Panasonic + Widescreen + Tweaks = confusion help!!

Discussion in 'Archived Threads 2001-2004' started by Eliot.T, Aug 10, 2002.

  1. Eliot.T

    Eliot.T Auditioning

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    Hello,

    I am in the market for a new TV. I thought I'd finaly take the plunge and get a RPTV. I was looking at the 47' Panasonic 16:9 HDTV. From looking at many posts from other people asking about what type of TV to get I noticed this unit being highly regarded.

    Well, I have a few questions about this set and about home theatre in general. First question is if I should worry about "burn-in". I was reading posts and noticed alot of people talking about this, how exactlly should I go about preventing this when I first recieve my set?

    I don't have a progressive scan DVD player, but I do use component outputs. Is the TVs progressive scan mode good enough or would it be worth buying a dvd player that does its own progressive scanning?

    I notice alot of you saying that the 47WX42 TV is very "tweakable" what exactlly do they mean by this? I noticed a person's post where he said the TV does not look very good out of the box, but with an ISF(?!?!?) calibration it looks really good. What is an ISF calibration?

    I guess that is all the questions I can think of. Planning on not spending more then 2k on the TV, so if anyone else has more suggestions they are welcome.

    Thanks.

    Eliot
     
  2. Jack Briggs

    Jack Briggs Executive Producer

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    • Burn-in would be an issue if you plan on watching a lot of 4:3 material--the same way it's an issue when watching lots of 16:9 programming on a 4:3 set: Uneven wear of the CRT phosphors will result. You can mimimize the chances of this happening by reducing the contrast and brightness levels much lower than the factory default settings.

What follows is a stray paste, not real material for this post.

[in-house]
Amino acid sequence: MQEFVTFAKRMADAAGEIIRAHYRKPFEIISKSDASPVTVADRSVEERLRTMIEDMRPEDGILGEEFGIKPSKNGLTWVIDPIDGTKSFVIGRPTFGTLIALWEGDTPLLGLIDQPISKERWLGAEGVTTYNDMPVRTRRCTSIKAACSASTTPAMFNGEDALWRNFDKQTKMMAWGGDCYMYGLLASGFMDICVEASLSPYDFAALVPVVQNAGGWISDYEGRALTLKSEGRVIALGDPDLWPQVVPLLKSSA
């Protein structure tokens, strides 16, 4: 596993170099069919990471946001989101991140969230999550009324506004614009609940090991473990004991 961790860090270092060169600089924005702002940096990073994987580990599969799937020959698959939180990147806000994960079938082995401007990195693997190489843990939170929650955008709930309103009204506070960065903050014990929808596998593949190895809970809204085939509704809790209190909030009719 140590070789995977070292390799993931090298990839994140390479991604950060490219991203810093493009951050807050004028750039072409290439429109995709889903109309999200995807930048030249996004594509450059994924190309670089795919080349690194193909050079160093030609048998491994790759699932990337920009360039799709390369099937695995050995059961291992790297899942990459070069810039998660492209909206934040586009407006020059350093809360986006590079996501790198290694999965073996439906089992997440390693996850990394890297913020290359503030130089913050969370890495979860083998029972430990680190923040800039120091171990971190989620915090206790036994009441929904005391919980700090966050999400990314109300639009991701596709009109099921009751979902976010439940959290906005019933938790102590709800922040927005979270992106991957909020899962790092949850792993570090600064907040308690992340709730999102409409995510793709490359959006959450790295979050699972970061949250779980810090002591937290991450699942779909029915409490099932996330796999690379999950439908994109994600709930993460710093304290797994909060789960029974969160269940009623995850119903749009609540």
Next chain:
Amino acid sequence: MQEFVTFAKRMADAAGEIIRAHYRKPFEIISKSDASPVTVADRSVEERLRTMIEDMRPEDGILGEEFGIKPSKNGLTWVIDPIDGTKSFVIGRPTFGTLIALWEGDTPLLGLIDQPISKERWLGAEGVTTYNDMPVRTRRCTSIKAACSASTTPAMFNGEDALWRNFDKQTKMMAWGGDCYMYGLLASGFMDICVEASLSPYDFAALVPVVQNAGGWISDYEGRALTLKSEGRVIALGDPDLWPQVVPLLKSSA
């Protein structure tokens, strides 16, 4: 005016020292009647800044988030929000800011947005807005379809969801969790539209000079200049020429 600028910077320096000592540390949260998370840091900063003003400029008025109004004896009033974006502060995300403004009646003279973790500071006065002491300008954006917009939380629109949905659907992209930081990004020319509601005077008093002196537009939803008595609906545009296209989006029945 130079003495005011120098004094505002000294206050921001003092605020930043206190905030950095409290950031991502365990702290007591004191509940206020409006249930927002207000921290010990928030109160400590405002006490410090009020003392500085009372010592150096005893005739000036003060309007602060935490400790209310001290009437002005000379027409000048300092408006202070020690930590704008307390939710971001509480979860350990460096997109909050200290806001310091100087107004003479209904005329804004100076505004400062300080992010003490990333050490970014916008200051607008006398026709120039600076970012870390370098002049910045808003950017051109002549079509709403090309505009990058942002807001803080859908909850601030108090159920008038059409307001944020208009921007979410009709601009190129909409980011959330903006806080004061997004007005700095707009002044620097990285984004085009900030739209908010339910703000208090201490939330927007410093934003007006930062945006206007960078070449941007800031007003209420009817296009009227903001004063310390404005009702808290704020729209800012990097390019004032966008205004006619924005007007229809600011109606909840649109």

• Using a progressive-scan DVD player's deinterlacing processing almost always works better than using the monitor's internal line-doubler, resulting in more artifact-free images. This is not always the case, but for the most part it is. The deinterlacing functions in a good prog-scan DVD player are almost always better performing than a monitor's ability to deinterlace the signal.

    • ISF = Imaging Science Foundation, an organization founded by video maven Joe Kane, which has several member dealerships and individual, professionally trained calibrationists who can tweak a video display far better than mere mortals. HTF administrator Gregg Loewen is an ISF-certified calibrationist.

    A set as sophisticated as the Panasonic requires a professional calibrationist to perform anywhere near its potential. Even at it warmest color-temp setting, the Panny averages close to 10,000 degrees Kelvin at all brightness levels out of the box. Only a trained professional has the tools to massage the set's grayscale to produce a truly accurate picture with accurate colors.

    You should factor in an ISF calibration to the total cost of the Panasonic. It's worth it--I've seen what that set can do when it's calibrated properly.
     
  3. Eliot.T

    Eliot.T Auditioning

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